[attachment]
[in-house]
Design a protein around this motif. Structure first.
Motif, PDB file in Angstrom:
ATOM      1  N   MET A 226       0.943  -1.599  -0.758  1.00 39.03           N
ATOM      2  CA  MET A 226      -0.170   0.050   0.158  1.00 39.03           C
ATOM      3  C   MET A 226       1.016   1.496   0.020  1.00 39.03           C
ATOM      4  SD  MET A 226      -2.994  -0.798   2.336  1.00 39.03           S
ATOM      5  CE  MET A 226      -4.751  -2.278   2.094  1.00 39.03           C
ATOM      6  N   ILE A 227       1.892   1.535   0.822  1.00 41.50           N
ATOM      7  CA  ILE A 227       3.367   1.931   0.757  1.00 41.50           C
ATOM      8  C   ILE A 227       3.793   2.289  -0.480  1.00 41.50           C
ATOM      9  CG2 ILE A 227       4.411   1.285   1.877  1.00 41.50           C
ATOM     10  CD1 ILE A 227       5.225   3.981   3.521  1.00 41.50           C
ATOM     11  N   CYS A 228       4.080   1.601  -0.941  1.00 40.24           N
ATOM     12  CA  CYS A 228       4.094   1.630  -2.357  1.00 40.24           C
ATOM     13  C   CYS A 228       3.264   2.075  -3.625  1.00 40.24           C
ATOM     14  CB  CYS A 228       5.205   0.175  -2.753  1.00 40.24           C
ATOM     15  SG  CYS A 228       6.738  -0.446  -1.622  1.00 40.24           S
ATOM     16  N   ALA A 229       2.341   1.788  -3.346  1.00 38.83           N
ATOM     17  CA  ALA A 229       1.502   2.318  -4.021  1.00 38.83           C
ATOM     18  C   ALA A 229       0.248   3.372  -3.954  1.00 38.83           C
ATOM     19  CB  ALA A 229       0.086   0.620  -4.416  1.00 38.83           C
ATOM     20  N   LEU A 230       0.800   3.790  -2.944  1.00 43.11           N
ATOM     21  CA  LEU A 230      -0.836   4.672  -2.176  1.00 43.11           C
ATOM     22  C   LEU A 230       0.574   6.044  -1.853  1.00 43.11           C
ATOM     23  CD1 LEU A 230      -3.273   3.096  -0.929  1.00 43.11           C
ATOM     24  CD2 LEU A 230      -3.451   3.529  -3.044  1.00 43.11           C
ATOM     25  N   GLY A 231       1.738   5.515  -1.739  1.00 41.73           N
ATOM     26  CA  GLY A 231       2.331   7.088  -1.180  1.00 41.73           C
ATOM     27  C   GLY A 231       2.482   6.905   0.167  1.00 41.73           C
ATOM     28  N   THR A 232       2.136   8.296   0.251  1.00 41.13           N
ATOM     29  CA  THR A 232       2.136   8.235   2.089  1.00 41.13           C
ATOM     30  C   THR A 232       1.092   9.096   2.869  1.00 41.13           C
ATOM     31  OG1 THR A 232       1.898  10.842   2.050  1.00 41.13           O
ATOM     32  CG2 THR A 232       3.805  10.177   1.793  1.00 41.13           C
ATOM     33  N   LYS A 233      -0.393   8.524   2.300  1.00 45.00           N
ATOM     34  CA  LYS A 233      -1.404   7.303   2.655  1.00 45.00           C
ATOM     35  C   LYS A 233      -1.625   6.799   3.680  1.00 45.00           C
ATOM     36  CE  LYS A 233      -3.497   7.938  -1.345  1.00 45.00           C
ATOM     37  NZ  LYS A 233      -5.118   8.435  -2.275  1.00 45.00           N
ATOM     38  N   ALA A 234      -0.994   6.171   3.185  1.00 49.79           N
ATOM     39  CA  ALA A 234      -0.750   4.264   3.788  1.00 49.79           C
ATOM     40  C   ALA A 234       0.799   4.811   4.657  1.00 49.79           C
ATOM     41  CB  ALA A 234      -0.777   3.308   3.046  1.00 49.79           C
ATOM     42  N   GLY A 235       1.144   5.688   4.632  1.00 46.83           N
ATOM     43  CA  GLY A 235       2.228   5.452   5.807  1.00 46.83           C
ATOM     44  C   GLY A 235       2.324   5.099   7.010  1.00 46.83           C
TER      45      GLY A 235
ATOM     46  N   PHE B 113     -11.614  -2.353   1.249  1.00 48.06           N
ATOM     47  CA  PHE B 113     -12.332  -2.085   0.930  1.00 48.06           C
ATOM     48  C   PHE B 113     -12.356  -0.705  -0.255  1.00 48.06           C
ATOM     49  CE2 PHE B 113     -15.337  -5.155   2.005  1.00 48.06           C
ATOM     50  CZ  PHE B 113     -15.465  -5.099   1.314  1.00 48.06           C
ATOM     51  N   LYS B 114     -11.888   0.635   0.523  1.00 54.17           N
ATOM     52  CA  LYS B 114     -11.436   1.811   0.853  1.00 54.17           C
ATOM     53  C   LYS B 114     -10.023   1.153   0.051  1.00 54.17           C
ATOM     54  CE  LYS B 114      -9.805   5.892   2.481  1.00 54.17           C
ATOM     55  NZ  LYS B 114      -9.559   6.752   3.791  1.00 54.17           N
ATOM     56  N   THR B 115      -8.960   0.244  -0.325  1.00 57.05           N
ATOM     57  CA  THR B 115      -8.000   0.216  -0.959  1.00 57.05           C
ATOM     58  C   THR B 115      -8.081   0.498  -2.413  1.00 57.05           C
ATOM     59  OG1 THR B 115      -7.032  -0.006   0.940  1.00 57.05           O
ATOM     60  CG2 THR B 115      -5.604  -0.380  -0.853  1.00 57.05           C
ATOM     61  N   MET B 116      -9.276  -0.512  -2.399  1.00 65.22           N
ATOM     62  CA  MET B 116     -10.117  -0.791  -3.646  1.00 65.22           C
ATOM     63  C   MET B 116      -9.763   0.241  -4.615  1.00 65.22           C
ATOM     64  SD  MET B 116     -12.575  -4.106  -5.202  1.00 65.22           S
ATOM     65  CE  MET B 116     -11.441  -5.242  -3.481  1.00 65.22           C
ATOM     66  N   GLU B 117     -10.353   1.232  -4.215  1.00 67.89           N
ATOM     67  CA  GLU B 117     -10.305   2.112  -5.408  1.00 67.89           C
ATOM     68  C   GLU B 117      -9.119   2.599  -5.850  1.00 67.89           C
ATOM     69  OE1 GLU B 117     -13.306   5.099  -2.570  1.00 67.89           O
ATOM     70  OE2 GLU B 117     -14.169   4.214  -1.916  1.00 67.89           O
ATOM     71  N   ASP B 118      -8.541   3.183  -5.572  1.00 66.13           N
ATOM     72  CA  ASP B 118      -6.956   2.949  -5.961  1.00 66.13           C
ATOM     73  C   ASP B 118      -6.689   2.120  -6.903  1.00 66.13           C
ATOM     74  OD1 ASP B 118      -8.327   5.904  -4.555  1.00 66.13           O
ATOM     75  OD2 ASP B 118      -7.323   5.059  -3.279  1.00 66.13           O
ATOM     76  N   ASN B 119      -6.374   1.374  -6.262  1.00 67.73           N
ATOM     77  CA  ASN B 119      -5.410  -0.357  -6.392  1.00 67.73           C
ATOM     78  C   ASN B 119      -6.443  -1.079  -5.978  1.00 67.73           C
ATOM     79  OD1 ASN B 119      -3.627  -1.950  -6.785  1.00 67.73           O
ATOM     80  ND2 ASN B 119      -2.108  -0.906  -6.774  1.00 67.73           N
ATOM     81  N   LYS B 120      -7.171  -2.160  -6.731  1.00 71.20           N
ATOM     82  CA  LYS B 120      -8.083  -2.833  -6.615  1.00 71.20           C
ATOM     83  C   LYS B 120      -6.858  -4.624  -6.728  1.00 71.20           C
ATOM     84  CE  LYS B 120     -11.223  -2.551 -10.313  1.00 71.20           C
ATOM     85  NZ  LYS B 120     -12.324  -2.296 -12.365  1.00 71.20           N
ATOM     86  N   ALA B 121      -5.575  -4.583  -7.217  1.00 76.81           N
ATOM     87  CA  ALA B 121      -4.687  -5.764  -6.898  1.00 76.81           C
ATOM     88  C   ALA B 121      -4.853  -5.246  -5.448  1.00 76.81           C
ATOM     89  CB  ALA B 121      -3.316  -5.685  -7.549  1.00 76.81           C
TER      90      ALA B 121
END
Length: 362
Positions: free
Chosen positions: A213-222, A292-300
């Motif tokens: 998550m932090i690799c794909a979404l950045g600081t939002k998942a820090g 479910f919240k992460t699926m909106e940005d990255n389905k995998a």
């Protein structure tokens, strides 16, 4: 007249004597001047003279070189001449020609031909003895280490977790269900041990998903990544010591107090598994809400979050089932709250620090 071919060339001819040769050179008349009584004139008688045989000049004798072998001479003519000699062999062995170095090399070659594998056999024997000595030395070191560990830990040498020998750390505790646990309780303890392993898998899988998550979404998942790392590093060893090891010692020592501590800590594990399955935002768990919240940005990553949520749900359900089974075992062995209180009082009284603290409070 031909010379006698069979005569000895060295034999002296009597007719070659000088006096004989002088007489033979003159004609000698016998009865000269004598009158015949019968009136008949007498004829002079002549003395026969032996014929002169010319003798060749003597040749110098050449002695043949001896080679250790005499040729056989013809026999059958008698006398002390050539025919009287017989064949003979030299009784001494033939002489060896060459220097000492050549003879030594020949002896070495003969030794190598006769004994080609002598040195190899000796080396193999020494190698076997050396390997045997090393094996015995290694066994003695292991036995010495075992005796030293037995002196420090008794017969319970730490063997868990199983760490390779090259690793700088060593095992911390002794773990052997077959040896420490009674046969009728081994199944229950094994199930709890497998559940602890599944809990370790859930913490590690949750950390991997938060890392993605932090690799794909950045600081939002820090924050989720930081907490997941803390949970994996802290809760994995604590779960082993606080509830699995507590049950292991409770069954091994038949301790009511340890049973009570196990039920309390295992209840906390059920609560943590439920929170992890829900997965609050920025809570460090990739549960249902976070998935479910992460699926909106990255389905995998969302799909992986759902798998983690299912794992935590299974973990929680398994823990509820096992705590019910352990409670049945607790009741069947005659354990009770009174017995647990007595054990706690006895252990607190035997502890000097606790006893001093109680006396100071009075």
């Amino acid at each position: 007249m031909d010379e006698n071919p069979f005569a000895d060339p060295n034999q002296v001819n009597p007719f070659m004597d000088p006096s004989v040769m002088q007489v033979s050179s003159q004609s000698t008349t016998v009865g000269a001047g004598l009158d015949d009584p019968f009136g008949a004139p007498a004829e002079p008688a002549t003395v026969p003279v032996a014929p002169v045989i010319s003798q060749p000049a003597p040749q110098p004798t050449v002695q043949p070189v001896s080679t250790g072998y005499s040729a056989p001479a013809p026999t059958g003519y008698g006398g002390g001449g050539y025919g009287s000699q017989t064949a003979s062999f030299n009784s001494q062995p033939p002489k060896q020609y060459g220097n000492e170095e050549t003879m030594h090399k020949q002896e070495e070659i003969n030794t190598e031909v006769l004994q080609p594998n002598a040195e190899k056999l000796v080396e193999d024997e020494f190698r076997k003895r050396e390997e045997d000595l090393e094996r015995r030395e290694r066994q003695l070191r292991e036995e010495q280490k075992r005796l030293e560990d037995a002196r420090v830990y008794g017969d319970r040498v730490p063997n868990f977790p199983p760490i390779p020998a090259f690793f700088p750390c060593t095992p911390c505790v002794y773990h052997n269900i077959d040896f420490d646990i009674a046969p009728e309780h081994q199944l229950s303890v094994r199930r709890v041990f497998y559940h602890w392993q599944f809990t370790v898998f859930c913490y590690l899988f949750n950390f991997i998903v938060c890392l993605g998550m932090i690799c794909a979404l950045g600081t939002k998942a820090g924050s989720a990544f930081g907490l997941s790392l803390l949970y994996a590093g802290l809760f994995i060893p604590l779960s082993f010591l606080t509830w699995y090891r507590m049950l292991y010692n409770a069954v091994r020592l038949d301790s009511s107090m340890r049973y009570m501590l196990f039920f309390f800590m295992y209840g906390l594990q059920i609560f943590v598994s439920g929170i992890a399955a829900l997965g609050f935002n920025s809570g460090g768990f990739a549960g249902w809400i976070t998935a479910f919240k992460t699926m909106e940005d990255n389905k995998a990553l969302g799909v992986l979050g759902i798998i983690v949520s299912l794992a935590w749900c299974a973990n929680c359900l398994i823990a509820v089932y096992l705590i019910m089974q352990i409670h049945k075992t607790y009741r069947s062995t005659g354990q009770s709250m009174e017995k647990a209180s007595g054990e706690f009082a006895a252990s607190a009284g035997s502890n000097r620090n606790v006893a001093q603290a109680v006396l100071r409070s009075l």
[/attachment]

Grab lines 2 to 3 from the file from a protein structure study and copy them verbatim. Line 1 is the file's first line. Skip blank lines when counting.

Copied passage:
Design a protein around this motif. Structure first.
Motif, PDB file in Angstrom: